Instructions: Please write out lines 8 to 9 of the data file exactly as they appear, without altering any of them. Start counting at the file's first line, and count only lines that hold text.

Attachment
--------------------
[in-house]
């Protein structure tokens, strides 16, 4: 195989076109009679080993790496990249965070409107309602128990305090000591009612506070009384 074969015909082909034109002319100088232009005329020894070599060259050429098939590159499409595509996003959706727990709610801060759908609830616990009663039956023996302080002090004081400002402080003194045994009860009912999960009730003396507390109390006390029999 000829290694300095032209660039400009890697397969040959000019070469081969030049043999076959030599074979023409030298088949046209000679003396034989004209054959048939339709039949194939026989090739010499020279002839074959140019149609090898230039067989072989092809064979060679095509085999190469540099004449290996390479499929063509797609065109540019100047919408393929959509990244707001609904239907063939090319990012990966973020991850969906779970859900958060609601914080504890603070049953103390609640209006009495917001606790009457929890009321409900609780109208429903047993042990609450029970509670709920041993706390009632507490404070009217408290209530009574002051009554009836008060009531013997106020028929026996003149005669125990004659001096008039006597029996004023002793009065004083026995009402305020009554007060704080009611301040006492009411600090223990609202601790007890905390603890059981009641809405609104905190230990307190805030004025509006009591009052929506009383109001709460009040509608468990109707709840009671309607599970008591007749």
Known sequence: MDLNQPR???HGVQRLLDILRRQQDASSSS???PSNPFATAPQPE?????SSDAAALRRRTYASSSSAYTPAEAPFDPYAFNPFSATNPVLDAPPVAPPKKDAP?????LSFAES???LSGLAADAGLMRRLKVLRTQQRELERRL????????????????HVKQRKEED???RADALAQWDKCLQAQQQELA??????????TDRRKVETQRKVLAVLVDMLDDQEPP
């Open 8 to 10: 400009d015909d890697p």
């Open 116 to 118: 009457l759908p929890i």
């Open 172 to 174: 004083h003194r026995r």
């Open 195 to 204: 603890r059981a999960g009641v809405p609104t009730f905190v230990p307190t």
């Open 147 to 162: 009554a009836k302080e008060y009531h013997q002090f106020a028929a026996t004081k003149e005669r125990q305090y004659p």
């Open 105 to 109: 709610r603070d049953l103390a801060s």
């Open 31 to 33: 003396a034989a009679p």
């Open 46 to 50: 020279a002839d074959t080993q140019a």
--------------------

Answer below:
């Open 147 to 162: 009554a009836k302080e008060y009531h013997q002090f106020a028929a026996t004081k003149e005669r125990q305090y004659p």
């Open 105 to 109: 709610r603070d049953l103390a801060s």